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Old 8th January 2005, 02:12 PM   #1
wxn is offline wxn  Lithuania
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Default LM3886T - alternative mounting

Hi.
I've came up with something new or so I suppose. After some searching and browsing I haven't found anything similar.

LM3886T has its case connected to V-, not ground as would be quite natural. So we need to isolate the chip from heatsink. The best solution discovered so far seems to be a thin mica layer (0.02-0.05mm), a bit of thermal grease and mounting like this:
http://sound.westhost.com/hs_fig5.gif

IMHO this is a bit clumsy to implement and even more so to take apart. And then after some thinking, epoxy glue came to mind. It is *quite* stiff, can withstand high temperatures and is one of the best insulators ever.

So why not just glue the chip to an aluminum (or preferably copper) bar under (heavy) pressure with mica or another insulator of <0.05mm thickness inside? This would ensure low thermal resistance chip>bar, (possibly) better heat spreading, easier mounting on the heatsink etc.

I'm attaching a picture of first prototype. The experiment was quite a failure (my fault) because of somewhat thick insulator - a peace of paper (0.15mm thickness as measured afterwards). Another bad thing was that the surfaces were not as flat as they should be, very far from shiny polished surface.

The result was quite satisfactory for average power levels up to 30W (tested with white noise and 100Hz sine wave), above that the chip>bar junction could not cope with the heat and eventualy SPiKe kicked in.

I suppose that correctly made, such approach would be perfectly suitable for all the power LM3886 can deliver and in the same time, it could solve some inconveniences. Any comments and thoughts are highly appreciated.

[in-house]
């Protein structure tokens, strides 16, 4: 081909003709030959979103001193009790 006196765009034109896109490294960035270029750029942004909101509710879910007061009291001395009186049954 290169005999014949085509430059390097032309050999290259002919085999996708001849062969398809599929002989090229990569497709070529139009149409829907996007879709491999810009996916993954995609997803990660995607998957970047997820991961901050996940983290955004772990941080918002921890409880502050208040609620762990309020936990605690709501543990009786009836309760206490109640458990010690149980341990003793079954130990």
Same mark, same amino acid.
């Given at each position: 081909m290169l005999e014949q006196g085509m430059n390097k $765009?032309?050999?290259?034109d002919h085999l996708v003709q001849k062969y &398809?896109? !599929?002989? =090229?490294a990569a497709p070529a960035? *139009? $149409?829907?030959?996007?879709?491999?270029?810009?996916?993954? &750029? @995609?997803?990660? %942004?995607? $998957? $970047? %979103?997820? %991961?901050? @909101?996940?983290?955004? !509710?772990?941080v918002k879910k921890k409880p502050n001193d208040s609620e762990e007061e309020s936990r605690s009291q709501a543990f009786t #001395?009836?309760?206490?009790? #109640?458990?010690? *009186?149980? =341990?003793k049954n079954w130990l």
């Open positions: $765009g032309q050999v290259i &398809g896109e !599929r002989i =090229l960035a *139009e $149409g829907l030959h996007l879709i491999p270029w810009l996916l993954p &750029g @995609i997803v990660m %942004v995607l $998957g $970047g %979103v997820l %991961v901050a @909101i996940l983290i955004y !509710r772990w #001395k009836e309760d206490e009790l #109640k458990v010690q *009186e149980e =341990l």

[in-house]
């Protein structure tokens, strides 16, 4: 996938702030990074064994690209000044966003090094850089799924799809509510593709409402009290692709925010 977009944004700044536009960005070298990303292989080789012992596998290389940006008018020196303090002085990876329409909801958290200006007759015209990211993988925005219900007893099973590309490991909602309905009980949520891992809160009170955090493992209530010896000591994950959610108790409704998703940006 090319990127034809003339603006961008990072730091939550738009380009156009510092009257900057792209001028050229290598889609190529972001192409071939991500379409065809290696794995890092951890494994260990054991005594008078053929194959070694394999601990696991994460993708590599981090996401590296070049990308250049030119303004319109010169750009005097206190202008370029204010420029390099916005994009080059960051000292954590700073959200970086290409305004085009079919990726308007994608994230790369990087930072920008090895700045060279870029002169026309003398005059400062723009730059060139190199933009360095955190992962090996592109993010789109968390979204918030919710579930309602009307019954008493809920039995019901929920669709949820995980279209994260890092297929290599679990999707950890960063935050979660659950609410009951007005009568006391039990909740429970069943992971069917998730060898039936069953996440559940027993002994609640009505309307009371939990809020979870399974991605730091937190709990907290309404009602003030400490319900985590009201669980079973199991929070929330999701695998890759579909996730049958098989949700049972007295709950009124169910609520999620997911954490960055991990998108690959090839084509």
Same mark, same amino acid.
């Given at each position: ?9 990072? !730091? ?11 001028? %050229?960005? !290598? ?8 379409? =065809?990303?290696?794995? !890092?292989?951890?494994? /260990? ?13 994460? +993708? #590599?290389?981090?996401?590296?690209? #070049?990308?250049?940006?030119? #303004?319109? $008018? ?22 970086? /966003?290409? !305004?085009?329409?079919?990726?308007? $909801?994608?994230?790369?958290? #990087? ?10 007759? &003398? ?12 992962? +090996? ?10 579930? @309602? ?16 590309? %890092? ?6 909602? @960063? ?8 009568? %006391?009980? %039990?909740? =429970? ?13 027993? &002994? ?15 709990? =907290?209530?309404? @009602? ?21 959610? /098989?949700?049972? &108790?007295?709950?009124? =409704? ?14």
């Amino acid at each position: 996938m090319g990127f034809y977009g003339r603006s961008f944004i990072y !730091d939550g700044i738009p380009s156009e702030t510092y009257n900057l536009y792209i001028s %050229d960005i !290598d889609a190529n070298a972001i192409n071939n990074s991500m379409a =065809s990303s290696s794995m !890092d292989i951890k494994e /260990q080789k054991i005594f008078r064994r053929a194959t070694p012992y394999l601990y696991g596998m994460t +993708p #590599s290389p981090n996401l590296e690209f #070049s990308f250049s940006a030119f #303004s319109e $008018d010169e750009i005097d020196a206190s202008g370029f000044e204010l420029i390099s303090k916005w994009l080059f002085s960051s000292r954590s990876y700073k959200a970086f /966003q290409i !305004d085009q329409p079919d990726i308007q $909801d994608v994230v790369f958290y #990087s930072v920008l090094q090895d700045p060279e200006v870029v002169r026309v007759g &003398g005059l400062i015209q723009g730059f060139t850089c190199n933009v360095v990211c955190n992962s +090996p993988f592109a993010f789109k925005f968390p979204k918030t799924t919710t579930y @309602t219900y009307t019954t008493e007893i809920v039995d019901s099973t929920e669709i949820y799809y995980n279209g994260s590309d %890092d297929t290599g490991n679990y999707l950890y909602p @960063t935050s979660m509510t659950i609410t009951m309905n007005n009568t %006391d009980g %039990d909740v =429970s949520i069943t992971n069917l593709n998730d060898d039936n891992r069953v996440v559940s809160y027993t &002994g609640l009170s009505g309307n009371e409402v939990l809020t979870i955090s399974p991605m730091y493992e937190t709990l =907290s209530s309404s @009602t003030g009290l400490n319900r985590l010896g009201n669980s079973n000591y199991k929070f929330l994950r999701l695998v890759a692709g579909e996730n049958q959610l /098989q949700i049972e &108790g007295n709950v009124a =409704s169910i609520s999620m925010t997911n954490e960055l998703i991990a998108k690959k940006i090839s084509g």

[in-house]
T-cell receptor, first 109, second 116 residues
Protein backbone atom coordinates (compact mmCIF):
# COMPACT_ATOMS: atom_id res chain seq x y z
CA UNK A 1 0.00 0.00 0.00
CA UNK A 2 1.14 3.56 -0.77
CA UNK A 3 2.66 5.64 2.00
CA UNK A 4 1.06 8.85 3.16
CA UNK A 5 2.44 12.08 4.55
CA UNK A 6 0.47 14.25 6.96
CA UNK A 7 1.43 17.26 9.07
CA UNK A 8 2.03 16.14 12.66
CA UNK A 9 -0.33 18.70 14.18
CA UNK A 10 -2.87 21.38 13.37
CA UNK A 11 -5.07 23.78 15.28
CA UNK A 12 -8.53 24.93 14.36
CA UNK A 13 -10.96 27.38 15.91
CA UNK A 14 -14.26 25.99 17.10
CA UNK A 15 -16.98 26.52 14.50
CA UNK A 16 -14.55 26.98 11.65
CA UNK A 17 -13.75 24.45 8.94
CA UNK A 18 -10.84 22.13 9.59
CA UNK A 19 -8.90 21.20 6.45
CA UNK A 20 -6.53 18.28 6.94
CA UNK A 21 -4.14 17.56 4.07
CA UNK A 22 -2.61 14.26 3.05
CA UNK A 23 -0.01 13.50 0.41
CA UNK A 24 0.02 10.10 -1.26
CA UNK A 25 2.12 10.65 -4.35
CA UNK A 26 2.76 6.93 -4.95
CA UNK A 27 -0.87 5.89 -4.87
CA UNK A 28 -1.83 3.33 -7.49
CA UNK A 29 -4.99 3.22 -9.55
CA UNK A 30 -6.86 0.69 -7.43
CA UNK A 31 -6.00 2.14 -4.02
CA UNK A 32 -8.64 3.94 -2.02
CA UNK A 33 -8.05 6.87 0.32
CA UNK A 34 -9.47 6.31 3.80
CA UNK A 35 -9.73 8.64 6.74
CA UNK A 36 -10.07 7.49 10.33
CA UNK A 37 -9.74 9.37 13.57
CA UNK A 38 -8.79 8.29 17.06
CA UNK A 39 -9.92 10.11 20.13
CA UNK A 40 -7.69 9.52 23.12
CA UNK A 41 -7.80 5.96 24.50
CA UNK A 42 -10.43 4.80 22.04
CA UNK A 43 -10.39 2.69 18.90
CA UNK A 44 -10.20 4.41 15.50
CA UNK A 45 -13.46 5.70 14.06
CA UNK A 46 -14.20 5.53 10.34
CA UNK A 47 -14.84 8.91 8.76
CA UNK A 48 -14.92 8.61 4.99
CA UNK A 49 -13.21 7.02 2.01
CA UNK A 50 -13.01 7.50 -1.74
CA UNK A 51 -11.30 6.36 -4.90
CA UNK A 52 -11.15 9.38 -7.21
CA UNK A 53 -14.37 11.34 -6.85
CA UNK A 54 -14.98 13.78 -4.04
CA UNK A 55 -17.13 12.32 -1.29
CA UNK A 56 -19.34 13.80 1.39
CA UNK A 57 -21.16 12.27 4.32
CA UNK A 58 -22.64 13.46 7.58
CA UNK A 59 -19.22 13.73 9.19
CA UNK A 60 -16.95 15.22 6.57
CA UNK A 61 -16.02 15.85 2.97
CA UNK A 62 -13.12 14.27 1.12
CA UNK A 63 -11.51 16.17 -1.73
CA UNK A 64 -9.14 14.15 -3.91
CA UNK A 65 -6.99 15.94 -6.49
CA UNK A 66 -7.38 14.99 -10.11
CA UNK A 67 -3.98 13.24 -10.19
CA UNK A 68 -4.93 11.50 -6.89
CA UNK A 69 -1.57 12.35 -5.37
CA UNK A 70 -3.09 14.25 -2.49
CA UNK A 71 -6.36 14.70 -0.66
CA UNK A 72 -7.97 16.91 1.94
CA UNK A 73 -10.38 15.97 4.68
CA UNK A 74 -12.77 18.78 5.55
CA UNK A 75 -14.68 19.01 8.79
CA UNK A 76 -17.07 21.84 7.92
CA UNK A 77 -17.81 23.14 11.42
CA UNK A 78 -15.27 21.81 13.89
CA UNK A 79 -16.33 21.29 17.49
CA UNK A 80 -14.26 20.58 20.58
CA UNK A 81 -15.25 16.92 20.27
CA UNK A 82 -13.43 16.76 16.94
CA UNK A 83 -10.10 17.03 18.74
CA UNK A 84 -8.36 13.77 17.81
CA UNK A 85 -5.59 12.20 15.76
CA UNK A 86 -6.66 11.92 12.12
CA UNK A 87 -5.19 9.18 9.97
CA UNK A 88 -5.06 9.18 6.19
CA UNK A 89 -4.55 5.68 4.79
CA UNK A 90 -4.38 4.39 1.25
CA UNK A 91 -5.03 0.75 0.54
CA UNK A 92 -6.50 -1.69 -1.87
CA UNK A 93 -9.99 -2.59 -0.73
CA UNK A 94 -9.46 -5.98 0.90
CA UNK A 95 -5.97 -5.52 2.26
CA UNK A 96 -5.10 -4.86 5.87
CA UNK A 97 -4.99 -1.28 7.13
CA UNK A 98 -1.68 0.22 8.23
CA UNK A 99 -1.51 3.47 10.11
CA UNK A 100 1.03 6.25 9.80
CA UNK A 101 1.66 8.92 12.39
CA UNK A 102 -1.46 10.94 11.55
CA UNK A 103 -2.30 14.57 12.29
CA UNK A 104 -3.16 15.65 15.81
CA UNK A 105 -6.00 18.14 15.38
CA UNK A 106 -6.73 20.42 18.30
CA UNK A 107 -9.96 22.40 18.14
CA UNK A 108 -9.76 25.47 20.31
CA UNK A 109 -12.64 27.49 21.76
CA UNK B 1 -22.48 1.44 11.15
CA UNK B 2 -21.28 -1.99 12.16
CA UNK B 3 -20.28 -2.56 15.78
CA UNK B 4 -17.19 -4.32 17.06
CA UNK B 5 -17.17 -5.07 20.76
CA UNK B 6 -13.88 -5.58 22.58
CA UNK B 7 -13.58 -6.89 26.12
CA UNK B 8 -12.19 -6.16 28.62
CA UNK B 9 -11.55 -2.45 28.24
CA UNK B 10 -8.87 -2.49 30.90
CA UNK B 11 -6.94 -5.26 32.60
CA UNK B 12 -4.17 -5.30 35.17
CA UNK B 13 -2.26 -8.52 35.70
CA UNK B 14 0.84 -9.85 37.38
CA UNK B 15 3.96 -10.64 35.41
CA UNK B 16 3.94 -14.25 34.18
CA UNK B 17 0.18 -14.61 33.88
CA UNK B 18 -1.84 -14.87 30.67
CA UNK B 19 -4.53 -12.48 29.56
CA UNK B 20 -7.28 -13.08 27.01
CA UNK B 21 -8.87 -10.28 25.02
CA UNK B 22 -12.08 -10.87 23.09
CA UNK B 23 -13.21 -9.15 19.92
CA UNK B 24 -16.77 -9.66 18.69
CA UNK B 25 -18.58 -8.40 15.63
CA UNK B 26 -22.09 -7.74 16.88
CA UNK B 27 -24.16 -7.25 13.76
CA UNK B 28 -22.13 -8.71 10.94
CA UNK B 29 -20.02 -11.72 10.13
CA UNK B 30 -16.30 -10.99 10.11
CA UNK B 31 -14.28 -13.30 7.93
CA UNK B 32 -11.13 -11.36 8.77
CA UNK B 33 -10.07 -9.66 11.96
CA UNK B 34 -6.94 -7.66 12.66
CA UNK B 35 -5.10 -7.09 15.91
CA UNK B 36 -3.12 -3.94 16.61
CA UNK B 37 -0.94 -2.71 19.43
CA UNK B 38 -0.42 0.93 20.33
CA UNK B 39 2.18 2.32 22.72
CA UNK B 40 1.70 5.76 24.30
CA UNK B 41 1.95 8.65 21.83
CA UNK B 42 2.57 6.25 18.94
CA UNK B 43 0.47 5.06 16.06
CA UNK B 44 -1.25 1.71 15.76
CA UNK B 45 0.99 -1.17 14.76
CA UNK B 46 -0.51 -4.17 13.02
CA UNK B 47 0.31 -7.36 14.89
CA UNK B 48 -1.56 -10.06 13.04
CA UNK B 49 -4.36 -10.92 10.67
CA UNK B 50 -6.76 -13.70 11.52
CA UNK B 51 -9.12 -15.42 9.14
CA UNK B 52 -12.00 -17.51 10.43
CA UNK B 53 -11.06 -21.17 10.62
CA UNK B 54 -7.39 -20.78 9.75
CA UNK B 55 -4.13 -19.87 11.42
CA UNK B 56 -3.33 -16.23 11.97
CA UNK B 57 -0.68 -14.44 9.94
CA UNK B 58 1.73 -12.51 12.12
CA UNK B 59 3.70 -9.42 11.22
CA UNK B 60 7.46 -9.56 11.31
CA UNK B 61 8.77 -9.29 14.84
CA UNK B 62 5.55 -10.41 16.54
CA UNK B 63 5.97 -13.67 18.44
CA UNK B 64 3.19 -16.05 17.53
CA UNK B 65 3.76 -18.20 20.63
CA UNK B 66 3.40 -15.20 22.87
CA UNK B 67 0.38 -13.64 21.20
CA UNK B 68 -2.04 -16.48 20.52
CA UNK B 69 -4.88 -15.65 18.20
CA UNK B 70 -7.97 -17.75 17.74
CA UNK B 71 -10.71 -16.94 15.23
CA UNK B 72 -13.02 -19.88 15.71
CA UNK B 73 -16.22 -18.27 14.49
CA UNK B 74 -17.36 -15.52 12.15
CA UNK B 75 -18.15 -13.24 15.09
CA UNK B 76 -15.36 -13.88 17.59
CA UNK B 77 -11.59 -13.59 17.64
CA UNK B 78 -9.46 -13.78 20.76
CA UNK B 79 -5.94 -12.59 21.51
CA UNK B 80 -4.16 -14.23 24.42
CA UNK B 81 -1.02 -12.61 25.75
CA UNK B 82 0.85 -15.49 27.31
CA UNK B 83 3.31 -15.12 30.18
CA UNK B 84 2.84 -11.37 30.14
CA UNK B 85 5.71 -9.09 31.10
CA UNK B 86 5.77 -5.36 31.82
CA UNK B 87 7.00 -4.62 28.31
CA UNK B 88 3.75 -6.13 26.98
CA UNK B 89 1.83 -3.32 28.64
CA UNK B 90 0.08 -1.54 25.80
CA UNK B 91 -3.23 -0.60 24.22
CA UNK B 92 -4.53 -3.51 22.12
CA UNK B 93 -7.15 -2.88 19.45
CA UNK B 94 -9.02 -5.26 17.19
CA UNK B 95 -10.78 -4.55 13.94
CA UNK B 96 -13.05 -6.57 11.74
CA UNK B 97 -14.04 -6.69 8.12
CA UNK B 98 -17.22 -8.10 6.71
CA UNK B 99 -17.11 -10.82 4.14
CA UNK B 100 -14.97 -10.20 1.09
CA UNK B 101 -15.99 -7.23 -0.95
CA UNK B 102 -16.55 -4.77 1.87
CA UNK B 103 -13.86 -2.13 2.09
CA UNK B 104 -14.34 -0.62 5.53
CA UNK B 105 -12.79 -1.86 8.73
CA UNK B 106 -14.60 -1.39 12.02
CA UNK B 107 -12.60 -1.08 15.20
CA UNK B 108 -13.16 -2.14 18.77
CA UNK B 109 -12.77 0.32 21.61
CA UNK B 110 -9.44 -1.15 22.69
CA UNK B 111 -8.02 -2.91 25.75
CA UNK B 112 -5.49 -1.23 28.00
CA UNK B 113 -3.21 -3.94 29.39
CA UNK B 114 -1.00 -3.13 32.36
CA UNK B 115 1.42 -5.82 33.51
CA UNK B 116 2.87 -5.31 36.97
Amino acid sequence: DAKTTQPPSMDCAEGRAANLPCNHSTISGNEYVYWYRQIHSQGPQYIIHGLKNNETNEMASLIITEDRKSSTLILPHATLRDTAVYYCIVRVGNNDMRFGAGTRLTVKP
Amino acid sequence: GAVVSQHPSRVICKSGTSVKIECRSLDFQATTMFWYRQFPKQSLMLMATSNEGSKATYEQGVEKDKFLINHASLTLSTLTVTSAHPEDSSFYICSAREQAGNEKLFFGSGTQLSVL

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Old 8th January 2005, 02:13 PM   #2
wxn is offline wxn  Lithuania
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Here's another pic. Sorry for the quality
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Old 8th January 2005, 03:43 PM   #3
boholm is offline boholm  Denmark
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To make the right conclusions you must also mount a LM3886 as shown in http://sound.westhost.com/hs_fig5.gif. You must do this so you will have a reference to compare your experiments with. And you must make the same tests on both of them - and then compare.

Otherwise we cannot know if it really works.

But . . .

Mica and thermal pasta results in very low thermal resistance, which is important to lead the heat away from the component. Silicone pads can also be used and with those there is no need for grease. They come with a thermal resistace down to 0,2 șC/W which is pretty low.

I do not know how low a thermal resistance glue has. So maybe your experiments can tell us?
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Old 8th January 2005, 04:16 PM   #4
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The best way to implement the lm3886 is actually to allow the chip direct metal contact and a very thin layer of artic silver between. this offcource does not allow for grounding of the heatsink, but it's a compromise i'd take any day.

what you have effectivly made here is a heatspreader, found on microprocessors as the amd 64 or P4. this is ok for something that has under a square cm of heat conducting area and up to 150w of power dispation (not unusal for overlocked cpu's), but for semiconductors it's limiting the thermal resistance quite a lot as it allready has heatspreader in the form of an pacaging. (to-3, to220 ect)